The “Gato Mikio Laboratory,” which was newly launched this spring, is a studio established by Gato Mikio with the hope of passing on the Yamanaka lacquerware industry to the younger generation. Conventionally, traditional lacquerware was the mainstay of the Yamanaka lacquerware industry. However, its market competitiveness has declined due to the development of modern plastic lacquerware and an increase in imported lacquerware from overseas. The rapid decrease in the number of craftsmen is also a challenge. Gato Mikio has been actively expanding the market for Yamanaka lacquerware to new customer bases through effective design management and by promoting product development and branding with external designers. Moreover, the establishment of Gato Mikio Laboratory reflects their commitment to creating value and demand for Yamanaka lacquerware as a sustainable industry by improving the working environment for craftsmen and refurbishing workshops to eliminate old-fashioned images.

The laboratory incorporated many opinions of designers and architects from the planning stage, and any problems that arose during construction were discussed without compromise. Each work process is given ample space, and all partitions are made of glass to create an open space in the studio that tends to be enclosed. Each space is designed to be visible from the entrance. The clean and sophisticated image is fresh and unique compared to traditional lacquerware workshops. Even the common room and facilities were carefully considered to create an environment where craftsmen can focus on their work and support the future of the Yamanaka lacquerware industry.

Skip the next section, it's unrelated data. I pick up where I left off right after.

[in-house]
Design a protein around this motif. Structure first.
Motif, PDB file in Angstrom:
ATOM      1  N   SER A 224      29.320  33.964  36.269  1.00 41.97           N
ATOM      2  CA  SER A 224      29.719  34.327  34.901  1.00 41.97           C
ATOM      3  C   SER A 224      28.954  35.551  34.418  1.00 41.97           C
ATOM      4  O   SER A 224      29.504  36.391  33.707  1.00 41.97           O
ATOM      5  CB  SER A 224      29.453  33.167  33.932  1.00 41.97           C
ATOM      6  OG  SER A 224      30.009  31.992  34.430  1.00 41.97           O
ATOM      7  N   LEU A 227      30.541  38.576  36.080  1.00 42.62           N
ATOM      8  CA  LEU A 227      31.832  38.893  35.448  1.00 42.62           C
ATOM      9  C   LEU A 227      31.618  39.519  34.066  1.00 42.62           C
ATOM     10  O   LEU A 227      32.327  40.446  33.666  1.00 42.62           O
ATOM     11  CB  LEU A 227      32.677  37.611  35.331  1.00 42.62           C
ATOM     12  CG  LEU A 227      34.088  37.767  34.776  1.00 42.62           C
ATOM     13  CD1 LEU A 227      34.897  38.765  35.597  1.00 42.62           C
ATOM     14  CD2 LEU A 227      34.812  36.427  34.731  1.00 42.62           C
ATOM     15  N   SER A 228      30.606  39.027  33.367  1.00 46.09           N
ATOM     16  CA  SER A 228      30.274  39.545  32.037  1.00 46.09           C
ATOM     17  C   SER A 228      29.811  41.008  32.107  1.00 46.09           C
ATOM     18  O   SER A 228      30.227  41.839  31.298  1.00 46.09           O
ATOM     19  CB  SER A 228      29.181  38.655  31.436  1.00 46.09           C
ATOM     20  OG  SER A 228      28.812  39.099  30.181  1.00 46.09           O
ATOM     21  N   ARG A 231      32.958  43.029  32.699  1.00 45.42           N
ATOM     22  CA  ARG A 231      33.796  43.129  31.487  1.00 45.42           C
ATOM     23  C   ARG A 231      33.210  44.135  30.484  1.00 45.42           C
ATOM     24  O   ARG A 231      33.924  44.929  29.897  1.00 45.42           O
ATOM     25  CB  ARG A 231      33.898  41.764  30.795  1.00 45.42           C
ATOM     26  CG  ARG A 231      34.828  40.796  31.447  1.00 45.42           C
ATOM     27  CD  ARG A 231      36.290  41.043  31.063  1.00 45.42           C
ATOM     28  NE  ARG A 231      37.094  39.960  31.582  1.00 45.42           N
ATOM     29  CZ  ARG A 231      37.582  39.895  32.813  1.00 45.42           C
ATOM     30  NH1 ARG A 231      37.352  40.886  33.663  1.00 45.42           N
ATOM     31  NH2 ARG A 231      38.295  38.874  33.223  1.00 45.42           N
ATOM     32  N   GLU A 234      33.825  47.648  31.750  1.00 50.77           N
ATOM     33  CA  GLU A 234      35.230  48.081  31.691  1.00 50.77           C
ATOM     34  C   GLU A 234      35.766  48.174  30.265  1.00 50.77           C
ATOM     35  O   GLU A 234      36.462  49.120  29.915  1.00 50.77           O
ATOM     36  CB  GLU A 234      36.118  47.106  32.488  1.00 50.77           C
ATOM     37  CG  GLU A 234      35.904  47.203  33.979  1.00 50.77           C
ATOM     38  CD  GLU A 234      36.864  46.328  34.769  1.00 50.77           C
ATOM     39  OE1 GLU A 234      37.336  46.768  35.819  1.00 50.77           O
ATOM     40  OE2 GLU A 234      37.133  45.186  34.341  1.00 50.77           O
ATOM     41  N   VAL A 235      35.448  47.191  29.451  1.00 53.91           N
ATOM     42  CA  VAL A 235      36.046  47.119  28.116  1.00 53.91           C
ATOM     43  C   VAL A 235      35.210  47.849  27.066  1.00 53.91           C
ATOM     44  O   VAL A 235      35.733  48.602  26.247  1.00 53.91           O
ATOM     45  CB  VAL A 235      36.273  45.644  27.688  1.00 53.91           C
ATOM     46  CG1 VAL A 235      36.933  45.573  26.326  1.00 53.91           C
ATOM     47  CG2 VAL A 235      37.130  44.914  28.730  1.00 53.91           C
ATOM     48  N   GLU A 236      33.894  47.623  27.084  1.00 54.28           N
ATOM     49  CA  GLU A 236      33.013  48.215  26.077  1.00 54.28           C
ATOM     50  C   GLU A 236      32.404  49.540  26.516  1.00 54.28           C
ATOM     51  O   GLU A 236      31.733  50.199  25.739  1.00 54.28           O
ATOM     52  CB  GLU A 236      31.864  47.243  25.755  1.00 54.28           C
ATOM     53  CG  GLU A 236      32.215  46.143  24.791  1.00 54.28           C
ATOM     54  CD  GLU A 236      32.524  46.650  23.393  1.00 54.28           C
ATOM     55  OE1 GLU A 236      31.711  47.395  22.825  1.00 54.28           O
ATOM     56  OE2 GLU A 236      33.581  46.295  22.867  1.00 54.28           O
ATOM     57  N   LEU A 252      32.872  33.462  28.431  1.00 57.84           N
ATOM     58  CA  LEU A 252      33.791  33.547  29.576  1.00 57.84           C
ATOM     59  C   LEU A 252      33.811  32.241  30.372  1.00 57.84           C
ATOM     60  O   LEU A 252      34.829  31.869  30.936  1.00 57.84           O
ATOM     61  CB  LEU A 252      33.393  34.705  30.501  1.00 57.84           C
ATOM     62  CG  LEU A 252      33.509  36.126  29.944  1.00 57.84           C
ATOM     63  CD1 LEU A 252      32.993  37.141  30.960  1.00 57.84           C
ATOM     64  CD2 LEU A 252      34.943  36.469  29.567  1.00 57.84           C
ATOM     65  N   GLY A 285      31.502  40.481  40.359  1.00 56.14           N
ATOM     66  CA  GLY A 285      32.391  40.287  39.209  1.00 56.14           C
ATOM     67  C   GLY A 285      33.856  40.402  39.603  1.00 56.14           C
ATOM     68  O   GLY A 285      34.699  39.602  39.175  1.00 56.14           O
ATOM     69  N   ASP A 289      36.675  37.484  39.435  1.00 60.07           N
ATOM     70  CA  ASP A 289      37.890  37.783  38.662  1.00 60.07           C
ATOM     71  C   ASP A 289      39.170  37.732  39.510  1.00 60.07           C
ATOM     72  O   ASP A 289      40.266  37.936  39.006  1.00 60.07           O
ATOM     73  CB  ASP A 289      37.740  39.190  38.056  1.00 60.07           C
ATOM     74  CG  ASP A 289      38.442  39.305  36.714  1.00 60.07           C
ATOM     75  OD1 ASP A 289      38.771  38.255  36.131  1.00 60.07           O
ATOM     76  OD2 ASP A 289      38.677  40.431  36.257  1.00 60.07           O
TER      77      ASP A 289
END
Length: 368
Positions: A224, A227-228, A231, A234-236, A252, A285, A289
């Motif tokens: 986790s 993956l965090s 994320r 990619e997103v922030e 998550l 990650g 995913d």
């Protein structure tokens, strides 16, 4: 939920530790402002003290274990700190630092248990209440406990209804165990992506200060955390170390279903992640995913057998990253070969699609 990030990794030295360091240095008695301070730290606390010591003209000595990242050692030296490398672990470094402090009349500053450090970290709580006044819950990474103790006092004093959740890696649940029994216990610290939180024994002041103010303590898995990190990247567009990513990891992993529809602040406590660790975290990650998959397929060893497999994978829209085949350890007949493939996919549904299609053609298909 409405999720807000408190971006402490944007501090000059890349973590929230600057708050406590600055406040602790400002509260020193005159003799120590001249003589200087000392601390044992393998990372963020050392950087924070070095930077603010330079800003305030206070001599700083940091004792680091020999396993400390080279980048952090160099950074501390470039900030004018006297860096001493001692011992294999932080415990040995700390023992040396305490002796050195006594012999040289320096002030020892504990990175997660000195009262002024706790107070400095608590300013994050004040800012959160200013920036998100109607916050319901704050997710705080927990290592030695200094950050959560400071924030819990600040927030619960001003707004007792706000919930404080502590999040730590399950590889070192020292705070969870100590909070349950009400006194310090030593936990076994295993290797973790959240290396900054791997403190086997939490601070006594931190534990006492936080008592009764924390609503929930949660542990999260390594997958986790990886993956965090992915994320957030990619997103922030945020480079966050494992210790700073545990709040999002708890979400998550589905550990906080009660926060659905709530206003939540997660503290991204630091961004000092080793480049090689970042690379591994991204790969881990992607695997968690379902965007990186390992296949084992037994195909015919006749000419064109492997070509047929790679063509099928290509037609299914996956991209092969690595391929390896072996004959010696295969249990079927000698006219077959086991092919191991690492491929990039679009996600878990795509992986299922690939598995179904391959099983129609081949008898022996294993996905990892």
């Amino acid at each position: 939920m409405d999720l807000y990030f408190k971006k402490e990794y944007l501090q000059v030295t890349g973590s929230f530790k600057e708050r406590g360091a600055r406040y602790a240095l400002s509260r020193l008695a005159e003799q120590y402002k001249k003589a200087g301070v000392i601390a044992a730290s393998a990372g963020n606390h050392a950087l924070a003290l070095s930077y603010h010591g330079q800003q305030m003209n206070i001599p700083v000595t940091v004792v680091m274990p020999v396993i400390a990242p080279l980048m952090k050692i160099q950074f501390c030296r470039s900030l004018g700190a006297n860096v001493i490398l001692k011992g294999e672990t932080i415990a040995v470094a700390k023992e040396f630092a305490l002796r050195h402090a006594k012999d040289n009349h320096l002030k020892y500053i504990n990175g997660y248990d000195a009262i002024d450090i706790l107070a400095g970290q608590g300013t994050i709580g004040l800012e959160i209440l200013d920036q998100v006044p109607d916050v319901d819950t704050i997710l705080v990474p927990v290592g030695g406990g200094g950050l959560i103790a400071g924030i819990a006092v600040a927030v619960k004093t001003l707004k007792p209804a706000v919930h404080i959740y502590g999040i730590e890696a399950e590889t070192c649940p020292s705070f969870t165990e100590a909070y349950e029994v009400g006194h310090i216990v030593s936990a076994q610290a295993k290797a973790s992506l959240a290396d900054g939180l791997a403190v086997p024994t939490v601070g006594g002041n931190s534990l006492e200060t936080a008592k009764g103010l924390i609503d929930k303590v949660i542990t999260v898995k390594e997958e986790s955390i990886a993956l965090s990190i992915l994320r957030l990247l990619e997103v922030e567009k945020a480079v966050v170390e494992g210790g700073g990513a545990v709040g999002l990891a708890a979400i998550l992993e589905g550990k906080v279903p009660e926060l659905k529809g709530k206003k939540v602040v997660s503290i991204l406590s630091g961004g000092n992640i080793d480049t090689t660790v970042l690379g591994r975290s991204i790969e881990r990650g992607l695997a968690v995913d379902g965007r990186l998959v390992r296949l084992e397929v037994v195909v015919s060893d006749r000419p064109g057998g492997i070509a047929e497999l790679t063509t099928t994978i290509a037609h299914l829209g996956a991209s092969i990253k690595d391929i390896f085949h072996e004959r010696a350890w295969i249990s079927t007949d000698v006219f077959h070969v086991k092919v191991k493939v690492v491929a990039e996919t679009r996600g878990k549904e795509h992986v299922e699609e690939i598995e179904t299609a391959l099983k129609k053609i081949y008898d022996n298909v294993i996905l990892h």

Based on years of experience, Gato Mikio is responding flexibly to the changing modern environment and working to solve problems not just in their own products, but across the industry as a whole. They are accepting inquiries about job recruitment and facility tours through their website.